Camellias took a beating a few years ago when even old plants more than 10 feet tall, with trunks like dogwoods, were killed outright.

After sensational cold there were surprises, though surprises are so common after devastating winters that we should not be surprised. Some of the hardiest camellias (japonicas) were killed even below ground and never sprouted from the roots, while others that were never thought particularly hardy pulled through.

One very hardy camellia, the old pale pink 'Magnoliaeflora,' was conspicuous for survival, though often injured.

I have a seedling camellia (that is, one raised from a seed, as distinct from a named garden variety) that seems hardy, though its semidouble flowers are nothing to boast of, and it has the wits to wait until early April to open its buds.

At St. James Episcopal Church near the Capitol a quite large camellia bush described as a tree was loaded with pink flowers the second week of February, and it is said to be a sasanqua hybrid.

The usual camellias are forms of C. japonica. They are the ones seen in flower shops, the ones winter brides used to carry in their bouquets, and the ones familiar from the Dumas novel and the Verdi opera about the lady of the camellias.

But equally valuable in the garden are the forms of C. sasanqua, which grows faster and usually blooms in November, dribbling into January. The common old kind of this camellia species called 'Rosea' is usually looked down on by young gardeners who have not had time to raise a huge plant of it smothered with single blooms in November. It and many other sasanquas have a haunting fragrance that suggests new-mown hay.

I no longer grow these, but when I did I thought the scent was the most wonderful smell of the entire year. Of the eight or 10 kinds I grew, the two best were the ordinary 'Rosea' and the double pink 'Showa-no-sake,' which was unique (in my garden) in blooming in January, and which alone seemed impervious to weather. The only sasanqua I disliked was the double white 'Snow on the Mountain,' which invariably sat there with big fat buds until a spell of temperatures in the teens approached. Then it opened and of course was a frozen mess every year.

Once I wrote a few scathing remarks about it and it paid me back by blooming in perfection at Thanksgiving.

I know plants do not do these things deliberately, but sometimes one must wonder. Too many times, when I have waxed lyrical about a plant it has promptly died. I remember a daylily, 'Sunblest,' that for several summers produced three sets of flowers every year -- not just an occasional out-of-season bloomscape but a dozen blooming stems at a time. After mentioning it in the press twice, I had to divide and move the clump, and since then it has never dreamed of blooming after July. This shows not only that reblooming varieties of daylilies depend on weather and (I believe) sunspots, but also that it is hazardous to make personal comments about any plant, such as how faithful it is etc.

Many gardeners with small city places wisely make rather a feature of daffodils, and one of the best ways to grow them is in clumps of six bulbs, leaving them alone for three or four years, digging them up and dividing the bulbs, and replanting only six to form the new clump.

But there are so many beautiful kinds that a small garden can hold only a few, and as the daffodil lover tends to keep buying new kinds as soon as he can afford them, the day soon comes when some well-loved old variety must be discarded. Given away. All winter, but especially in February, the gardener consults his charts and his memory and after some agonizing decides that "this is the year old 'Brunswick' must go," to make room for a new clump of "something much better."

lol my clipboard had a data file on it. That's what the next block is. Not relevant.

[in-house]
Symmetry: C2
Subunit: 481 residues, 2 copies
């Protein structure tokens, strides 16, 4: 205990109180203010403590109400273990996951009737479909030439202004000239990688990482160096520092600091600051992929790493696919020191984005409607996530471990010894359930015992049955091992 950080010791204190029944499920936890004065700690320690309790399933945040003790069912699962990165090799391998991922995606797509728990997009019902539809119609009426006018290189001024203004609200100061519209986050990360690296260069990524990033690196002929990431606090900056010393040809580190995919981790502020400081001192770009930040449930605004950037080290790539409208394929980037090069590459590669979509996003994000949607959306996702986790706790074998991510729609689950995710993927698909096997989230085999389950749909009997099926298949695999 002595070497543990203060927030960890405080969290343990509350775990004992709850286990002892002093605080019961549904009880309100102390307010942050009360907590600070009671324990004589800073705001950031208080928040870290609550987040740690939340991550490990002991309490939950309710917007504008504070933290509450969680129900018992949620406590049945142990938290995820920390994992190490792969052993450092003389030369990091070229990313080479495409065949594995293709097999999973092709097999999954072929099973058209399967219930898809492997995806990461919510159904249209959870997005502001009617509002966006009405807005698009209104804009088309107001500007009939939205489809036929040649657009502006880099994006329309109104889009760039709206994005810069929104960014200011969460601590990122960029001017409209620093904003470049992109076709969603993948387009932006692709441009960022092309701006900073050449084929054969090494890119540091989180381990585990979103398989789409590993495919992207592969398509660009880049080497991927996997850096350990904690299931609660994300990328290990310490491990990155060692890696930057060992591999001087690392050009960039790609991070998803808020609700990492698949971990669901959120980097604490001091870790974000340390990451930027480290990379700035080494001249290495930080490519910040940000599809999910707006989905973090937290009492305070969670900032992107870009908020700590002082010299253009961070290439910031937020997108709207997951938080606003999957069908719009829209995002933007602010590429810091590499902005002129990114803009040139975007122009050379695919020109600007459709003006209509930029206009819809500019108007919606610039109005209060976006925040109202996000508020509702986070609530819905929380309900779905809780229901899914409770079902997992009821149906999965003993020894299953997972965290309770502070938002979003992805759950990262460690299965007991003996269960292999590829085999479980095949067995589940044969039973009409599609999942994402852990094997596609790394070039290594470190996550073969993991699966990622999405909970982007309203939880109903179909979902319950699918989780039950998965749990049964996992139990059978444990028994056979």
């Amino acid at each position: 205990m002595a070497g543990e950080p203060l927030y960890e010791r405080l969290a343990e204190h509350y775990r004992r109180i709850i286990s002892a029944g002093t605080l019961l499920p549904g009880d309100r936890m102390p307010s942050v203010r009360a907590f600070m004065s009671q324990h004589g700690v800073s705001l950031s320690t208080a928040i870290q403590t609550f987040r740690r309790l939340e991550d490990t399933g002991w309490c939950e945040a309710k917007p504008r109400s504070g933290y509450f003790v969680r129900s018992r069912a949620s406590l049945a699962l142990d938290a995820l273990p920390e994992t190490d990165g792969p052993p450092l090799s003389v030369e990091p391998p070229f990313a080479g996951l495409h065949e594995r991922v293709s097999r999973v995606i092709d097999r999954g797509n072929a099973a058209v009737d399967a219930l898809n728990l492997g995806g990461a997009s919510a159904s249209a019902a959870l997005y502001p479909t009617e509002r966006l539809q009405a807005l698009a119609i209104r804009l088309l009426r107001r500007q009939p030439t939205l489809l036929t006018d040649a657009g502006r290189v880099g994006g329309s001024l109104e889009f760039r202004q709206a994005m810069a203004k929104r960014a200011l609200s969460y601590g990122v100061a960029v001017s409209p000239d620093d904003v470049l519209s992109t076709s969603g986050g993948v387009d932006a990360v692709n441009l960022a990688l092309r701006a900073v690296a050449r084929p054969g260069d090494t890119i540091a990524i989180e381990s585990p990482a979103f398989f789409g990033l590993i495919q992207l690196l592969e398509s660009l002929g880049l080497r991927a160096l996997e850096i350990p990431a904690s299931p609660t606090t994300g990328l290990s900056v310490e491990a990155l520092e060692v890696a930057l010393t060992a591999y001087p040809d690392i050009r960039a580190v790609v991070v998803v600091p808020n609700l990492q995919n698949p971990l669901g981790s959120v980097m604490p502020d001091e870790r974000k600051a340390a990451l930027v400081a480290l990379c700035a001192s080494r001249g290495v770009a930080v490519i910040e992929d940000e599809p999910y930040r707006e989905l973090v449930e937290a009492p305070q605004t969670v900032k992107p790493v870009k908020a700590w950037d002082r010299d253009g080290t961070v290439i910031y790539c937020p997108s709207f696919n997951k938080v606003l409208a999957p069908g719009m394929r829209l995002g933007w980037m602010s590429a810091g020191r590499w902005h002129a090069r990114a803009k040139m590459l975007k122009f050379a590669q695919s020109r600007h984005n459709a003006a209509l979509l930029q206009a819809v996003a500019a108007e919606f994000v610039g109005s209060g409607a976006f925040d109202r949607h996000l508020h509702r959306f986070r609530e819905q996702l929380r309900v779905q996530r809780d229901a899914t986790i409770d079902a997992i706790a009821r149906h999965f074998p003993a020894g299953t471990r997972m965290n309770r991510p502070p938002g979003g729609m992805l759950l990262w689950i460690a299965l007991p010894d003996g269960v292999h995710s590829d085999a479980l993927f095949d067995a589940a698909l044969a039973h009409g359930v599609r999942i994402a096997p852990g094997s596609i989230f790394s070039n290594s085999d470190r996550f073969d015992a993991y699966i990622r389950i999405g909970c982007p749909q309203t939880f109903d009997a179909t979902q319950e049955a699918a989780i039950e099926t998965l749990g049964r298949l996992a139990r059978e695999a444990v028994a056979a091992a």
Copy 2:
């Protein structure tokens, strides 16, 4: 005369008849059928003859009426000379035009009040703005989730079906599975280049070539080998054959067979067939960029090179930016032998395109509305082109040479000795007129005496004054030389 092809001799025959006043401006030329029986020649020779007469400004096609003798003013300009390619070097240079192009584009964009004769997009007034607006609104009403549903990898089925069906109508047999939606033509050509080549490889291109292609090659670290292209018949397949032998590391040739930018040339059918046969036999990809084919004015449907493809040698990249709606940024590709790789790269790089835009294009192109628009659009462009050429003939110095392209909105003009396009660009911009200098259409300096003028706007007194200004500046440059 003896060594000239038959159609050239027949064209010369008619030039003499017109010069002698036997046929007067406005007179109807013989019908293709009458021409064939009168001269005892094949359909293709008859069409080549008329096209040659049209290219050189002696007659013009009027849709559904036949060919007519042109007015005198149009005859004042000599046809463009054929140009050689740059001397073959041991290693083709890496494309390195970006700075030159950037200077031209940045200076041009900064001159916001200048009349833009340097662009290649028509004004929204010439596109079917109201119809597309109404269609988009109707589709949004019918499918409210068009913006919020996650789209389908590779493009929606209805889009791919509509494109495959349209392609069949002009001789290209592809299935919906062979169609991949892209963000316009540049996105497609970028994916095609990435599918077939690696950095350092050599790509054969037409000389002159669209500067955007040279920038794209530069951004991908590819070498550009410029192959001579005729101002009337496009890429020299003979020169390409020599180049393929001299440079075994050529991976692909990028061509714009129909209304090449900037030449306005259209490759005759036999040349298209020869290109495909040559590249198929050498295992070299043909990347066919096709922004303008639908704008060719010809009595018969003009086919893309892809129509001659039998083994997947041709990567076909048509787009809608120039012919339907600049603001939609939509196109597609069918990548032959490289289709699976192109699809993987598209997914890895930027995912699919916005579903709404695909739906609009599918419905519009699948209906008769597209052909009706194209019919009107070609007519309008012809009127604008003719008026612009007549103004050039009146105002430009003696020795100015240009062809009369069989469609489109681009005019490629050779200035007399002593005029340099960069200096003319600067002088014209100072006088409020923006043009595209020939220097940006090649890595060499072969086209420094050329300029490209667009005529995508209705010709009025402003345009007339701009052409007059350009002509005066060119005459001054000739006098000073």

No sooner does the gardener reach a few hard decisions of this kind than April shows 'Brunswick' (or whatever other variety is on the discard list) in quite unearthly and unaccustomed beauty. The same is true of irises. I have seen this happen time and again.

This is the first winter in recent years in which pansies have bloomed steadily from December on. In other winters there will be a few flowers off and on between freezes and a number of quite shy hooded blooms that make you wonder whether you can claim it is in bloom or not. But this winter they have carried on almost without a break, producing flowers as fine as those of the spring.

Our bitter suspicion that all this is leading up to a freeze to end all freezes, just as everything in the garden buds out, must not blind us to the chancy delights of this year, such as the pansies, to say nothing of the snowdrops two weeks early.

I may have mentioned (complained, I suppose) that my early crocuses, the small wild-looking kinds that bloom before the great fat Dutch garden varieties, are dwindling out, mainly because nearby shrubs are shading them too much. But when heading for the car this week I noticed in the grass neutral strip beyond the sidewalk several tiny crocuses, the flowers no bigger than shirt buttons, that clearly grew from seeds of the ones in the garden.

That is curious, as I think no animals carry off the seeds (as they do of cyclamen, for example) and the seeds are not wind-borne. I think the rains must have washed the seeds down, and there in the grass, despite all the mowings, they have managed to grow to blooming size.

There are many of these late-winter crocuses that even in ordinary winters are finished blooming by March 5, and among them the hybrids derived from Crocus chrysanthus, in white, lavender, primrose, canary, bronze, bicolor and striped, are the easiest to find in September (when they should be planted) at garden centers and in bulb catalogues. And they are possibly the best for all-round garden worth.